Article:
Fiction reveals truth that reality obscures. — Ralph Waldo Emerson
On August 29th, the Guantanamo Bay Museum of Art and History officially opened its doors in the former US detention center in southeastern Cuba. Dedicated to remembering the infamous prison, the museum features exhibitions of conceptual artwork in addition to essays created through its critical studies center.
Well, sort of. The Gitmo Museum is a critical fiction of sorts, an attempt to reach truth by coming at it obliquely but thoughtfully. Although Barak Obama officially signed legislation that would shut down the detention center in Guantanamo Bay in 2009, it’s still open. In a Senate hearing in January of 2011, Defense Secretary Robert Gates said, “The prospects for closing Guantanamo as best I can tell are very, very low given very broad opposition to doing that here in the Congress.”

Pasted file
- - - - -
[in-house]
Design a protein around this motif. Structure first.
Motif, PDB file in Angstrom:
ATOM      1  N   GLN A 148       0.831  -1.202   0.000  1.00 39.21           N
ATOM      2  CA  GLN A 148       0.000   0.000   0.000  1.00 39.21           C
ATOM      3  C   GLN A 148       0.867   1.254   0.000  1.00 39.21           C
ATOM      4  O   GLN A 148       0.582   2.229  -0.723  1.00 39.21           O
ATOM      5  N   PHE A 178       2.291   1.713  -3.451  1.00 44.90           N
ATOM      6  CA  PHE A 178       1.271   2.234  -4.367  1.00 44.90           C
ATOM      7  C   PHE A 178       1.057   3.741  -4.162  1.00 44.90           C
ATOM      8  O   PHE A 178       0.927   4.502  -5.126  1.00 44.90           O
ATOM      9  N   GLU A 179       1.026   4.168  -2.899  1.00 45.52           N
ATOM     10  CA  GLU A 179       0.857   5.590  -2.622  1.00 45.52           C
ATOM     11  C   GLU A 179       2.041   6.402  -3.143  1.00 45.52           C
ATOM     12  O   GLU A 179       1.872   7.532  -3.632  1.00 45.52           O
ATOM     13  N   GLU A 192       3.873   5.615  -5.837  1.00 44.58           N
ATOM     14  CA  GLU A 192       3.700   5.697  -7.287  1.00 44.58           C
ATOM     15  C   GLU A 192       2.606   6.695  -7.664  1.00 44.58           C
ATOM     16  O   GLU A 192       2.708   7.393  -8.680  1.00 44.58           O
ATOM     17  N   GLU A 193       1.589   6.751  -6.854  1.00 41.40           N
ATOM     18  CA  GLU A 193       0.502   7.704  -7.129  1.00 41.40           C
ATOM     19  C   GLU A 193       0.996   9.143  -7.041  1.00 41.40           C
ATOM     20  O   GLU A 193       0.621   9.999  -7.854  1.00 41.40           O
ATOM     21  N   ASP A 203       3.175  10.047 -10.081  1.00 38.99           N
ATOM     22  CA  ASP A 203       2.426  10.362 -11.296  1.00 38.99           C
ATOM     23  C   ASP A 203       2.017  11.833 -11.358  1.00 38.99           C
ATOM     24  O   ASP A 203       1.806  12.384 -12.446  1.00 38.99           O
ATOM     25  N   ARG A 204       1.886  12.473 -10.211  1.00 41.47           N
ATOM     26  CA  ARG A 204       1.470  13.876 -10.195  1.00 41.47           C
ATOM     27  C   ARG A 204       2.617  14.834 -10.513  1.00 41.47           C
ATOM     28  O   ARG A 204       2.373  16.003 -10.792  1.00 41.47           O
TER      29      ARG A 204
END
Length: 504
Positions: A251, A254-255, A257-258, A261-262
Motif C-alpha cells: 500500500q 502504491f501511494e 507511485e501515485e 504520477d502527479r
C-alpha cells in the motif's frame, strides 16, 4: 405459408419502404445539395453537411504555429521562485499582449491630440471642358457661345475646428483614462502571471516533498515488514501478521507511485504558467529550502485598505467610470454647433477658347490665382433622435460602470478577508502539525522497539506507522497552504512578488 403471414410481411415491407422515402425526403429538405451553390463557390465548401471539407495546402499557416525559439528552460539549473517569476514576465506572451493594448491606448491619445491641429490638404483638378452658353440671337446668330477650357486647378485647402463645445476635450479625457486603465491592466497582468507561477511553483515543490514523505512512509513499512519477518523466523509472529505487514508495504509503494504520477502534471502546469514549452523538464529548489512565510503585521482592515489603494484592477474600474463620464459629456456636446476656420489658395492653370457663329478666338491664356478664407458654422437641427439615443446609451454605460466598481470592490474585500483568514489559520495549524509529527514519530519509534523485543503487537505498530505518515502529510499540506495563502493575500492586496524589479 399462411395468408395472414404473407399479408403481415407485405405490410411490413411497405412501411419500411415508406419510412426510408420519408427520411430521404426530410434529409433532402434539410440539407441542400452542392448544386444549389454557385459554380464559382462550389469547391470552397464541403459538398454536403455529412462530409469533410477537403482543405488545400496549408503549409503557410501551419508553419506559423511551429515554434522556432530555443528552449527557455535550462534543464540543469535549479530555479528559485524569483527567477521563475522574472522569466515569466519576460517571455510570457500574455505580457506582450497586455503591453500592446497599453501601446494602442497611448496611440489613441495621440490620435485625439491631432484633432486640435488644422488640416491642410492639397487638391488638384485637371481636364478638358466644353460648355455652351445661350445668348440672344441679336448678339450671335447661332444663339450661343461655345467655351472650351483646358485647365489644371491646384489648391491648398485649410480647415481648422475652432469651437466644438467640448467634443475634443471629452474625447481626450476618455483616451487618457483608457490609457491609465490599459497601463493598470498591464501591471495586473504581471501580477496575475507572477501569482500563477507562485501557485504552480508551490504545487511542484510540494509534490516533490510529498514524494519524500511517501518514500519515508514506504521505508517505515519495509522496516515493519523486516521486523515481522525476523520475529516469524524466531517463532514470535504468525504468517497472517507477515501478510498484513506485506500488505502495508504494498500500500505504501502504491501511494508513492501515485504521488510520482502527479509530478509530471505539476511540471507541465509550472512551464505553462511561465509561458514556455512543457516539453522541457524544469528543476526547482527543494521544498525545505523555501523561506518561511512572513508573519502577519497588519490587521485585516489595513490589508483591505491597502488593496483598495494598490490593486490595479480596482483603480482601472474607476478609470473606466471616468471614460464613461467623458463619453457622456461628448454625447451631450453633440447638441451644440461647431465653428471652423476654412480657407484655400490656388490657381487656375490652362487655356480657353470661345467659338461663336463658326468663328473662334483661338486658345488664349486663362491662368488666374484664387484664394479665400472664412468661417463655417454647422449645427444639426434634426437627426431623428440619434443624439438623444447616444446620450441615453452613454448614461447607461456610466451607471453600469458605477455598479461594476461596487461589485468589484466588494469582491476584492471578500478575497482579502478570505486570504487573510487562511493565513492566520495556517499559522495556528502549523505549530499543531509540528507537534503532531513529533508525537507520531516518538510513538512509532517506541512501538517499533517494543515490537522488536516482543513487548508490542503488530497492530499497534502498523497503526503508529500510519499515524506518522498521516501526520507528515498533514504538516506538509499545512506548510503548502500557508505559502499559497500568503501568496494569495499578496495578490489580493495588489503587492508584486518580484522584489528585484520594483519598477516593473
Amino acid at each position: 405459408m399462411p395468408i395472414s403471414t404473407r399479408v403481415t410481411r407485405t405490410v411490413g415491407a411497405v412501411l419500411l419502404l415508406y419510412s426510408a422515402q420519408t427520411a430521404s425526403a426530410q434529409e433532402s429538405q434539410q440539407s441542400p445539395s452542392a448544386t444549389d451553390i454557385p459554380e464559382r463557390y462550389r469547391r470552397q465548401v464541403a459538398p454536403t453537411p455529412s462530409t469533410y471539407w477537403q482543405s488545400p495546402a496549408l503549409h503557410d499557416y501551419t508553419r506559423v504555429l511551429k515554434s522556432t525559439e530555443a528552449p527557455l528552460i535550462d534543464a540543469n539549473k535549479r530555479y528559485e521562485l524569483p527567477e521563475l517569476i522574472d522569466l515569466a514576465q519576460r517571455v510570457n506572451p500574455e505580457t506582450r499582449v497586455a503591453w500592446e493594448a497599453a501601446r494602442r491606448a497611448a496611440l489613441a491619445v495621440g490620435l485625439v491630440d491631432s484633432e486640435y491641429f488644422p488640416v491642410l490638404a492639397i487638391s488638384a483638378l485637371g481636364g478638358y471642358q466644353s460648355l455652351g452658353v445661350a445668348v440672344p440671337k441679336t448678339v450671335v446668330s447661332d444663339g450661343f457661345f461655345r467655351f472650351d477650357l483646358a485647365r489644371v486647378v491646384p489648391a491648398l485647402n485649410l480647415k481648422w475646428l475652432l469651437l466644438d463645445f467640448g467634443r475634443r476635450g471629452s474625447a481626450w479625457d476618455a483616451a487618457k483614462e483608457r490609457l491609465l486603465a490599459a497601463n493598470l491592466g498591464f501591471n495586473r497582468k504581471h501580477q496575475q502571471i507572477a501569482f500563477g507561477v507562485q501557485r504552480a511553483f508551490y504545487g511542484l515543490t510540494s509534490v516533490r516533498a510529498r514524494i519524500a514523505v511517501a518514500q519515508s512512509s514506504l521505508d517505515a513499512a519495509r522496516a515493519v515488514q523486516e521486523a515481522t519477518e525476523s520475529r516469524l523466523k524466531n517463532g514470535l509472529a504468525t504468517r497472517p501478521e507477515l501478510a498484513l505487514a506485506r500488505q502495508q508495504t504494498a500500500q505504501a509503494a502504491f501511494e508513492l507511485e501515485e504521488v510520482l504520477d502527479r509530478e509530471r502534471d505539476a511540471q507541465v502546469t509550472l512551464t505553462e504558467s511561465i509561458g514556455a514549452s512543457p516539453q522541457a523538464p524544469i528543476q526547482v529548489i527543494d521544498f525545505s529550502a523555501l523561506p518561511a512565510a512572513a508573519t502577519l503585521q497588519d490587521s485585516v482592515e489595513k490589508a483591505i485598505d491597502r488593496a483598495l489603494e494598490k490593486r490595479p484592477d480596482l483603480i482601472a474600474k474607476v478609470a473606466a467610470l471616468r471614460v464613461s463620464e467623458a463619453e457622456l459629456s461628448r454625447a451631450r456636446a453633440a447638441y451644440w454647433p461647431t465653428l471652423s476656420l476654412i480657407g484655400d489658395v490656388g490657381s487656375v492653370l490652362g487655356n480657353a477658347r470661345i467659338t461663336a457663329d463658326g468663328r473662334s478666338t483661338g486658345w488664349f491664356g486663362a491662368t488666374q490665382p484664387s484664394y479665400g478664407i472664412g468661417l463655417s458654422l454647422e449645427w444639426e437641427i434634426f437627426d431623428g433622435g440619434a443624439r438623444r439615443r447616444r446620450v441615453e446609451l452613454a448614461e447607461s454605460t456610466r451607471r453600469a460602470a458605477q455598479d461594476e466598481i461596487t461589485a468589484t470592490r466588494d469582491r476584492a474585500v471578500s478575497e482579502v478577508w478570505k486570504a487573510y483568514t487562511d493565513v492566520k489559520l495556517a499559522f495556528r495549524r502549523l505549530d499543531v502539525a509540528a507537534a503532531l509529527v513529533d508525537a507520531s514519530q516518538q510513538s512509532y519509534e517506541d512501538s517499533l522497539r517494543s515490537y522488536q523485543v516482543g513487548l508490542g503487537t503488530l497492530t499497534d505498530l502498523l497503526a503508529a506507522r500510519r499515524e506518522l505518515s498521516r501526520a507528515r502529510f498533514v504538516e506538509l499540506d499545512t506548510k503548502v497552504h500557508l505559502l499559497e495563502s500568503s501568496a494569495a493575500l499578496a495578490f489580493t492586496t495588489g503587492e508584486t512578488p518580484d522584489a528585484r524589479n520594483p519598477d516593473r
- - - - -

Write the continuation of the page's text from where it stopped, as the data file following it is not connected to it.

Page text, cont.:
The outrage prompted by initial coverage of the human rights abuses in Gitmo has died down in the ensuing years and tide of bureaucratic complexity. But this team of artists and thinkers is using a creative fiction to cheekily re-open the conversation.
There is an undeniable psychological power associated with place, a sense of connection across time. The Gitmo Museum’s brilliant digital appropriation of physical space, though a fiction, plays off of this power of proximity. The site generates a greater emotional impact by giving the impression that these artworks inhabit the same physical space as the atrocities they address. The subject matter is unabashedly serious and dark but its presentation and fictional container render the overall effect oddly delightful.
Learn more about the Guantanamo Bay Museum of Art and History (and plan your visit?) here: http://www.guantanamobaymuseum.org/